High Prices Push Consumers To Buy Less Beef

Retailers have begun easing beef prices higher because consumers don't like abrupt price hikes.

Published on: May 22, 2013

Last autumn, $130 cash fed cattle and $200 Choice cutout looked like mere speed bumps on the way to record-high prices.

Since November 2011 Choice cutout made four previous assaults on the $200 level. It punched through in late May, then topped $210. The Choice surge was due in part to Old Man winter refusing to let loose his icy grip. That created pent up demand for grilling when weather finally improved.

Unfortunately, the $130 cash fed cattle barrier held. One reason is that by time the wholesale price surge came, cash fed cattle supplies were expected to begin rising seasonally. Forward-looking futures markets and to a lesser extent cash cattle markets saw weakness ahead. Current June fed cattle futures are trading $5 to $6 below the bulk of the most recent cash fed cattle trade.

Retailers have begun easing beef prices higher because consumers dont like abrupt price hikes.
Retailers have begun easing beef prices higher because consumers don't like abrupt price hikes.

Another reason is that analysts and retailers expect consumer pushback against high prices. A key signal will be consumer interest in buying beef after Memorial Day.

Grain farmers are familiar with the old market maxim that says the cure for high prices is high prices. High prices give users ample incentive to cut back. They do. Volume of grain moving falls. Prices drift lower. Corn is in what now looks like a typical short-crop, long-tail pattern.

Evidence is mounting that a similar phenomenon is occurring in beef. Some signs suggest trade chatter itself about high prices helps prevent higher prices.

Drought shriveling pastures and crops last year set the trade abuzz with talk of cattle herd liquidation. Combining super-tight beef supplies with higher cattle production costs had everyone projecting record-high fed cattle and wholesale beef prices.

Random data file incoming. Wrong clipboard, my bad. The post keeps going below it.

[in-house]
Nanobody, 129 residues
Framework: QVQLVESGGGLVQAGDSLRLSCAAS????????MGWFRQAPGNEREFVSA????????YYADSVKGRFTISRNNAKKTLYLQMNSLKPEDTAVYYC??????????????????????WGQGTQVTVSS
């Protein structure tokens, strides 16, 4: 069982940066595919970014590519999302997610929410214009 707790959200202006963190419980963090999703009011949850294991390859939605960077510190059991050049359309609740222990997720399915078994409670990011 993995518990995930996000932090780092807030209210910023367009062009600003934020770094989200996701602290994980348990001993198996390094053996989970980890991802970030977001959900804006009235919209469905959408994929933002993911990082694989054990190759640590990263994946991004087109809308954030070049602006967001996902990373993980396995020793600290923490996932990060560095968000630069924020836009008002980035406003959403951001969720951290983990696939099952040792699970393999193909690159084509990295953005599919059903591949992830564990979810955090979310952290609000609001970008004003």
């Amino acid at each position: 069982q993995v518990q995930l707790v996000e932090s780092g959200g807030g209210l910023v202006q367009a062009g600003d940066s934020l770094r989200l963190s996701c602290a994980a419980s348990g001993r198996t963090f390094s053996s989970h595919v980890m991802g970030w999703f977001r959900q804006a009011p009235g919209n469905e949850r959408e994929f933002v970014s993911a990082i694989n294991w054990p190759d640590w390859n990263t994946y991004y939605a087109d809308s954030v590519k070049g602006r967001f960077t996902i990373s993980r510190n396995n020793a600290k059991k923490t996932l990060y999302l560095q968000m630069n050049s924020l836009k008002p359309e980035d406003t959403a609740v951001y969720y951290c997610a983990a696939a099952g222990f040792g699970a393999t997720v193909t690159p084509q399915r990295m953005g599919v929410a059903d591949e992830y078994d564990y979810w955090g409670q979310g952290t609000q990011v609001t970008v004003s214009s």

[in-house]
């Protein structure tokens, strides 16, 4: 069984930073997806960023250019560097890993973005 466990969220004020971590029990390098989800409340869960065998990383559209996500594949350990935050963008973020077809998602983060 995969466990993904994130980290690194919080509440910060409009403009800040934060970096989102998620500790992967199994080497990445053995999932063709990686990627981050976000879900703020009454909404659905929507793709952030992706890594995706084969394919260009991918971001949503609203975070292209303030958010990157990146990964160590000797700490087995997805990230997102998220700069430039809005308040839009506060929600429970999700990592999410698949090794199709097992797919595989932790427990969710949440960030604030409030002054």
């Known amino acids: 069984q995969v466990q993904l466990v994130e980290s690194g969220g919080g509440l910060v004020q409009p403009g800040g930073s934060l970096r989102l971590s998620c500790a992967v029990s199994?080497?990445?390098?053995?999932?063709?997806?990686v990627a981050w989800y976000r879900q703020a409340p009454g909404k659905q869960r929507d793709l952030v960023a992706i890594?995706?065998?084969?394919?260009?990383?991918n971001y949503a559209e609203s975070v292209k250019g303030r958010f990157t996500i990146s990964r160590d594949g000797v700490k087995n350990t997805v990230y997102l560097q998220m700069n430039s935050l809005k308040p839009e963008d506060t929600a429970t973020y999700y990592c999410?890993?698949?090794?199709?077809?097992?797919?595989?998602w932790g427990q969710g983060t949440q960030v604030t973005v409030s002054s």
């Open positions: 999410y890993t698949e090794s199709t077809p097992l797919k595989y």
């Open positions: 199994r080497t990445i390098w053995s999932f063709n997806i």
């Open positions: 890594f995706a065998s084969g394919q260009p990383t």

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Forward-looking markets adjust

Retailers took note. Neither retailers nor consumers like abrupt price hikes. Retailers began easing beef prices higher because "everybody" was "certain" that record-high prices lie just ahead.

Old-man winter refusing to lift his icy blanket made it easy to blame a delayed start to grilling season for failure of cattle prices to advance to new highs. However, well-publicized forecasts of record-high prices could just as easily be giving consumers incentives to look elsewhere for meat protein value.

Rising retail beef prices make pork, selling at relatively stable retail prices, look like a bargain. Still, retail pork prices are slow to retreat, even as faltering pork exports made more pork available to domestic consumers. The result, slipping wholesale pork prices and lower hog prices to producers. Those forces could stall pork expansion, which would be price friendly to beef.

A bigger pie is better

High retail beef prices relative to farm prices seem unfair to both front-end beef producers and consumers. However, as long as beef products keep moving through the supply chain, opportunities exist for more of that value to flow back to producers. From a business standpoint, equitably dividing a big retail revenue pie among those who create value is less challenging than being forced -- through price hikes, which can trigger consumer pushback -- to create a bigger pie to divide.

While cattle prices are falling short of expectations, all is not bleak. USDA calculates the annual average farmer's share of the consumer's retail beef dollar advanced from 42.5% in 2009, to 46.4% in 2010, to 49.9% in 2011 to 51.8% last year. It slipped back to 50.8% in April 2013.

Expectations for lower prices for 2013-crop feedstuffs improve margin prospects from the cost side.

Consumers do show some resistance to pricy beef, primarily by consuming more ground products. That's led to higher prices for ground products relative to steaks and other pricier cuts. Some consumers may view steaks as better value compared to ground products. Moving more steaks would help lift carcass value.

Broilers remain relatively cheap, even though some chicken parts are pricy. Consumers prefer beef. But tight budgets due to a relatively soft U.S. economy could keep some consumers choosing chicken.

Otte is the farm management editor for Farm Futures magazine. See www.FarmFutures.com.